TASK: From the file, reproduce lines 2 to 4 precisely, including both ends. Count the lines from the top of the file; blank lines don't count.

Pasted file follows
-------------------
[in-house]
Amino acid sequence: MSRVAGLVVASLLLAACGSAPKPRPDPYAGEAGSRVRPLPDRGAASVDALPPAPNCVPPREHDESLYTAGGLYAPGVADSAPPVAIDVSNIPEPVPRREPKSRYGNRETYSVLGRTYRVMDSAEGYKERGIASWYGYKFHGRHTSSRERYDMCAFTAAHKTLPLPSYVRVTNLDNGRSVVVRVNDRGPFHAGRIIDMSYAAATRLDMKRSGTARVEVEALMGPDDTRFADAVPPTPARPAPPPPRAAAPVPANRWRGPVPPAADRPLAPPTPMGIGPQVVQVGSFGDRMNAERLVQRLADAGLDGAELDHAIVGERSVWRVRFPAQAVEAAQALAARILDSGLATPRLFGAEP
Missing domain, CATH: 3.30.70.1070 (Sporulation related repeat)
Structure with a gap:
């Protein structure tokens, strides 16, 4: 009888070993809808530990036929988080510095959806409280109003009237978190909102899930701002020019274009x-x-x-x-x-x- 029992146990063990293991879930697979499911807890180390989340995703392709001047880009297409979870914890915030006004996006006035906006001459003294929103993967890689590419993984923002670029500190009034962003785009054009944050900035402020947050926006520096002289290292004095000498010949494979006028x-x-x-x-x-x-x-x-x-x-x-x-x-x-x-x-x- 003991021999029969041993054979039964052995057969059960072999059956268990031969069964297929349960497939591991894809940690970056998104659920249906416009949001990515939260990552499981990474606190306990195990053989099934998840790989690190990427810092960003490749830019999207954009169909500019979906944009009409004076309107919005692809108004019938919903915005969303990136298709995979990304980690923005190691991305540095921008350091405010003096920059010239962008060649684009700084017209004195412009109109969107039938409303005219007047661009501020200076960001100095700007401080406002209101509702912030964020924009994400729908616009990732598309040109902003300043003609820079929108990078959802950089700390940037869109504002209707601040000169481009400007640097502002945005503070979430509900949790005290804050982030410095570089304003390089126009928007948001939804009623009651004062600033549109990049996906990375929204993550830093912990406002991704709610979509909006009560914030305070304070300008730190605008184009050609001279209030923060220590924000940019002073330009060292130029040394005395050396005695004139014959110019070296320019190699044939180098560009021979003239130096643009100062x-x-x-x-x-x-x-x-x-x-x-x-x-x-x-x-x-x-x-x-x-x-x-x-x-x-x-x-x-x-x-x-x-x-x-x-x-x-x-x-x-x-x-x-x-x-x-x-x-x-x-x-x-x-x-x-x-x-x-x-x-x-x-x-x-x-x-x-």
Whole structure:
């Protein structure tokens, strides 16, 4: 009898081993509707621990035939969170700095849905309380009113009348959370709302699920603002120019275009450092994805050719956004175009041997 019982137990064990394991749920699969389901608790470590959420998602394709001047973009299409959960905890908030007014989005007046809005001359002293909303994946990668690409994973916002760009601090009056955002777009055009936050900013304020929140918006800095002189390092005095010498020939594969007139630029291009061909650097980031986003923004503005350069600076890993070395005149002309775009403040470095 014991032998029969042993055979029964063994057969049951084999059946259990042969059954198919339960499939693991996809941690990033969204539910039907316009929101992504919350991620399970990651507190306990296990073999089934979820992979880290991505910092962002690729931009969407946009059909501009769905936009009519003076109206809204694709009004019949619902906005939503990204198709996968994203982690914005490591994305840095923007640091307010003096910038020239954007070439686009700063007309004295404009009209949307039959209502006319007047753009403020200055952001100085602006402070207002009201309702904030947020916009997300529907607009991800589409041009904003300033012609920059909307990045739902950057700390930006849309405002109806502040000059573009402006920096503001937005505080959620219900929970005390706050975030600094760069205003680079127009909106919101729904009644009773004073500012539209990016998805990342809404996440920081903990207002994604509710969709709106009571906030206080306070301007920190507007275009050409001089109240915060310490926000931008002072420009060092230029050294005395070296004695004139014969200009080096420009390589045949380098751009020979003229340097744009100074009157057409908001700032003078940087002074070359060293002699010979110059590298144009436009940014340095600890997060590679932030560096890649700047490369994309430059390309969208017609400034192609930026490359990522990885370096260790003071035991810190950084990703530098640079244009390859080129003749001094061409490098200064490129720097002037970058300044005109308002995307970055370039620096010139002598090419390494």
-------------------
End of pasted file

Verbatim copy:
Amino acid sequence: MSRVAGLVVASLLLAACGSAPKPRPDPYAGEAGSRVRPLPDRGAASVDALPPAPNCVPPREHDESLYTAGGLYAPGVADSAPPVAIDVSNIPEPVPRREPKSRYGNRETYSVLGRTYRVMDSAEGYKERGIASWYGYKFHGRHTSSRERYDMCAFTAAHKTLPLPSYVRVTNLDNGRSVVVRVNDRGPFHAGRIIDMSYAAATRLDMKRSGTARVEVEALMGPDDTRFADAVPPTPARPAPPPPRAAAPVPANRWRGPVPPAADRPLAPPTPMGIGPQVVQVGSFGDRMNAERLVQRLADAGLDGAELDHAIVGERSVWRVRFPAQAVEAAQALAARILDSGLATPRLFGAEP
Missing domain, CATH: 3.30.70.1070 (Sporulation related repeat)
Structure with a gap: